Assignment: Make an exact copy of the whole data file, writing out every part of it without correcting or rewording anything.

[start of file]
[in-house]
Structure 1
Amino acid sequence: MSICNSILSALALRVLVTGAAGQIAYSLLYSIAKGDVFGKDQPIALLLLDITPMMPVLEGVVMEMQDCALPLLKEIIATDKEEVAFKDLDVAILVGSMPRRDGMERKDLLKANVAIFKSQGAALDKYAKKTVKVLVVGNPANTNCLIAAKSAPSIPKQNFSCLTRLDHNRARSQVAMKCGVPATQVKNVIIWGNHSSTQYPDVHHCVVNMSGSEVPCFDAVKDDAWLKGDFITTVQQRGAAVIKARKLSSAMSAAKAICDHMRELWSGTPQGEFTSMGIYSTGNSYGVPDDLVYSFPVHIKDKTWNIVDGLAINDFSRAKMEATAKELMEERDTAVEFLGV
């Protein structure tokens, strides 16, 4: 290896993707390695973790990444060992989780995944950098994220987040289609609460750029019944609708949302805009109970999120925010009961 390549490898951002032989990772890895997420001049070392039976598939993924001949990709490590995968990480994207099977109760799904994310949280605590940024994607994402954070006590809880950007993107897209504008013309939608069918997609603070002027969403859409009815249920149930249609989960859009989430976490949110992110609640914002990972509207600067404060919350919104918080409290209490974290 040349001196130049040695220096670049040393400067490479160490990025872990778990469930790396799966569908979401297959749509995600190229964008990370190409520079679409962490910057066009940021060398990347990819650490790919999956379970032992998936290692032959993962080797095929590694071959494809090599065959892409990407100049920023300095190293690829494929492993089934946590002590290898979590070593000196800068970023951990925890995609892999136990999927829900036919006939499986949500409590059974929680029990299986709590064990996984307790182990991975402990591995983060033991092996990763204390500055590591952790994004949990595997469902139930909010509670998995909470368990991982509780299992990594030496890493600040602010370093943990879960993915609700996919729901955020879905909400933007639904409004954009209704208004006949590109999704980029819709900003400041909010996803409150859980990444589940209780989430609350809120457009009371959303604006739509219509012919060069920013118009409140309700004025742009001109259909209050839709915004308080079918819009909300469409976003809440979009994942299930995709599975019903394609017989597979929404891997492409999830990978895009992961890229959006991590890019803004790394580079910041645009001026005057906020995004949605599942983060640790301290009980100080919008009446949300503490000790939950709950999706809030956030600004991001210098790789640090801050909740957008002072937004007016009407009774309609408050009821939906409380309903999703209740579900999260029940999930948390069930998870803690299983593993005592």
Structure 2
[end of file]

[in-house]
Structure 1
Amino acid sequence: MSICNSILSALALRVLVTGAAGQIAYSLLYSIAKGDVFGKDQPIALLLLDITPMMPVLEGVVMEMQDCALPLLKEIIATDKEEVAFKDLDVAILVGSMPRRDGMERKDLLKANVAIFKSQGAALDKYAKKTVKVLVVGNPANTNCLIAAKSAPSIPKQNFSCLTRLDHNRARSQVAMKCGVPATQVKNVIIWGNHSSTQYPDVHHCVVNMSGSEVPCFDAVKDDAWLKGDFITTVQQRGAAVIKARKLSSAMSAAKAICDHMRELWSGTPQGEFTSMGIYSTGNSYGVPDDLVYSFPVHIKDKTWNIVDGLAINDFSRAKMEATAKELMEERDTAVEFLGV
């Protein structure tokens, strides 16, 4: 290896993707390695973790990444060992989780995944950098994220987040289609609460750029019944609708949302805009109970999120925010009961 390549490898951002032989990772890895997420001049070392039976598939993924001949990709490590995968990480994207099977109760799904994310949280605590940024994607994402954070006590809880950007993107897209504008013309939608069918997609603070002027969403859409009815249920149930249609989960859009989430976490949110992110609640914002990972509207600067404060919350919104918080409290209490974290 040349001196130049040695220096670049040393400067490479160490990025872990778990469930790396799966569908979401297959749509995600190229964008990370190409520079679409962490910057066009940021060398990347990819650490790919999956379970032992998936290692032959993962080797095929590694071959494809090599065959892409990407100049920023300095190293690829494929492993089934946590002590290898979590070593000196800068970023951990925890995609892999136990999927829900036919006939499986949500409590059974929680029990299986709590064990996984307790182990991975402990591995983060033991092996990763204390500055590591952790994004949990595997469902139930909010509670998995909470368990991982509780299992990594030496890493600040602010370093943990879960993915609700996919729901955020879905909400933007639904409004954009209704208004006949590109999704980029819709900003400041909010996803409150859980990444589940209780989430609350809120457009009371959303604006739509219509012919060069920013118009409140309700004025742009001109259909209050839709915004308080079918819009909300469409976003809440979009994942299930995709599975019903394609017989597979929404891997492409999830990978895009992961890229959006991590890019803004790394580079910041645009001026005057906020995004949605599942983060640790301290009980100080919008009446949300503490000790939950709950999706809030956030600004991001210098790789640090801050909740957008002072937004007016009407009774309609408050009821939906409380309903999703209740579900999260029940999930948390069930998870803690299983593993005592």
Structure 2